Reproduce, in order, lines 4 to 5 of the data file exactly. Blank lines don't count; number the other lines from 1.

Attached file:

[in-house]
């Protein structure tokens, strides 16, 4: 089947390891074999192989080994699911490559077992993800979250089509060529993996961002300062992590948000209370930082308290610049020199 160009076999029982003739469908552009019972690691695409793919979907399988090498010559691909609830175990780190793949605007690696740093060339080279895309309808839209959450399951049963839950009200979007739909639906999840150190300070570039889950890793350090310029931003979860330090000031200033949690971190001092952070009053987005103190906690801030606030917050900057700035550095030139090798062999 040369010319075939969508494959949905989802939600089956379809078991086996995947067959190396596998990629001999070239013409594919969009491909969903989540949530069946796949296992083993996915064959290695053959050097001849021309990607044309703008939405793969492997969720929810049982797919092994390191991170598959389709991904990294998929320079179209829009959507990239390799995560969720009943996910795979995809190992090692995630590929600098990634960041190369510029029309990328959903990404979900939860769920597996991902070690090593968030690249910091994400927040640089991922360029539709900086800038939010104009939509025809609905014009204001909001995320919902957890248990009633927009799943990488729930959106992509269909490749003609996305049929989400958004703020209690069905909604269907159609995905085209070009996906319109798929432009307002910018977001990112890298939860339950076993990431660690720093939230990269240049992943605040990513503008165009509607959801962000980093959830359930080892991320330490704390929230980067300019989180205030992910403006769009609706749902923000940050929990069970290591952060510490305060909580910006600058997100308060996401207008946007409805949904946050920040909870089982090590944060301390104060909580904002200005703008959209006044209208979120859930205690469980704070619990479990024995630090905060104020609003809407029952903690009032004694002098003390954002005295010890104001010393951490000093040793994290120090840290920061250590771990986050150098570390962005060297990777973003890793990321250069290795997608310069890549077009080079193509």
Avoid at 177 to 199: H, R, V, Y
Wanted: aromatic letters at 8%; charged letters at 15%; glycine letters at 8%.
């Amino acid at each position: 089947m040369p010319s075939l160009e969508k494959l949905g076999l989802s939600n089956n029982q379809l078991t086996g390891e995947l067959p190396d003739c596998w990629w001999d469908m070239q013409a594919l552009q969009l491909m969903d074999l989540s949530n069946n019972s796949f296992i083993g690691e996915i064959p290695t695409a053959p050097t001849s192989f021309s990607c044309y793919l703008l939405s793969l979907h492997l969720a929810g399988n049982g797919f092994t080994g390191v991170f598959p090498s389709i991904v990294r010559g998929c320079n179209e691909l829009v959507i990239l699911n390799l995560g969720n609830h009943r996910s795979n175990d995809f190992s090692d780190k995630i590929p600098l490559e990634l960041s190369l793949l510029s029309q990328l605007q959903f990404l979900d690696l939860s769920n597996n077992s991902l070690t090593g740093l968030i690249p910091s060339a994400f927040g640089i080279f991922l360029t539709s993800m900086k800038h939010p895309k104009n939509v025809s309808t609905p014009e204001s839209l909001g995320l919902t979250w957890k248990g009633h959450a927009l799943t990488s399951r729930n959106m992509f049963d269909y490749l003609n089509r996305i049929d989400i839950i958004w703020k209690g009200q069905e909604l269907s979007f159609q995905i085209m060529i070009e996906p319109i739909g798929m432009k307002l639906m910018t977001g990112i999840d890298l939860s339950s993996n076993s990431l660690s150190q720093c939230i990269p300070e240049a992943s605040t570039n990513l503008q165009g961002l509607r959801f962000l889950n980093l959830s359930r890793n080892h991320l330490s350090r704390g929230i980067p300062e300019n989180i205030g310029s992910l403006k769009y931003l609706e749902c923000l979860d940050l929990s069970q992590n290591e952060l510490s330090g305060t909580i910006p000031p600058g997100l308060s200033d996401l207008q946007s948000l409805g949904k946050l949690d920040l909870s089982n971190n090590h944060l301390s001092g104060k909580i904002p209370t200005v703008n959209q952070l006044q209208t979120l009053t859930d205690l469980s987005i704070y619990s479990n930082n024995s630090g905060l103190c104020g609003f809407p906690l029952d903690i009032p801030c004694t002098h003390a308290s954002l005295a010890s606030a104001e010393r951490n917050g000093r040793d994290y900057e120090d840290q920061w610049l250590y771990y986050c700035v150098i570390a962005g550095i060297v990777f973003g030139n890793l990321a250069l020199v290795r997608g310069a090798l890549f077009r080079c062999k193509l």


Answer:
Wanted: aromatic letters at 8%; charged letters at 15%; glycine letters at 8%.
């Amino acid at each position: 089947m040369p010319s075939l160009e969508k494959l949905g076999l989802s939600n089956n029982q379809l078991t086996g390891e995947l067959p190396d003739c596998w990629w001999d469908m070239q013409a594919l552009q969009l491909m969903d074999l989540s949530n069946n019972s796949f296992i083993g690691e996915i064959p290695t695409a053959p050097t001849s192989f021309s990607c044309y793919l703008l939405s793969l979907h492997l969720a929810g399988n049982g797919f092994t080994g390191v991170f598959p090498s389709i991904v990294r010559g998929c320079n179209e691909l829009v959507i990239l699911n390799l995560g969720n609830h009943r996910s795979n175990d995809f190992s090692d780190k995630i590929p600098l490559e990634l960041s190369l793949l510029s029309q990328l605007q959903f990404l979900d690696l939860s769920n597996n077992s991902l070690t090593g740093l968030i690249p910091s060339a994400f927040g640089i080279f991922l360029t539709s993800m900086k800038h939010p895309k104009n939509v025809s309808t609905p014009e204001s839209l909001g995320l919902t979250w957890k248990g009633h959450a927009l799943t990488s399951r729930n959106m992509f049963d269909y490749l003609n089509r996305i049929d989400i839950i958004w703020k209690g009200q069905e909604l269907s979007f159609q995905i085209m060529i070009e996906p319109i739909g798929m432009k307002l639906m910018t977001g990112i999840d890298l939860s339950s993996n076993s990431l660690s150190q720093c939230i990269p300070e240049a992943s605040t570039n990513l503008q165009g961002l509607r959801f962000l889950n980093l959830s359930r890793n080892h991320l330490s350090r704390g929230i980067p300062e300019n989180i205030g310029s992910l403006k769009y931003l609706e749902c923000l979860d940050l929990s069970q992590n290591e952060l510490s330090g305060t909580i910006p000031p600058g997100l308060s200033d996401l207008q946007s948000l409805g949904k946050l949690d920040l909870s089982n971190n090590h944060l301390s001092g104060k909580i904002p209370t200005v703008n959209q952070l006044q209208t979120l009053t859930d205690l469980s987005i704070y619990s479990n930082n024995s630090g905060l103190c104020g609003f809407p906690l029952d903690i009032p801030c004694t002098h003390a308290s954002l005295a010890s606030a104001e010393r951490n917050g000093r040793d994290y900057e120090d840290q920061w610049l250590y771990y986050c700035v150098i570390a962005g550095i060297v990777f973003g030139n890793l990321a250069l020199v290795r997608g310069a090798l890549f077009r080079c062999k193509l």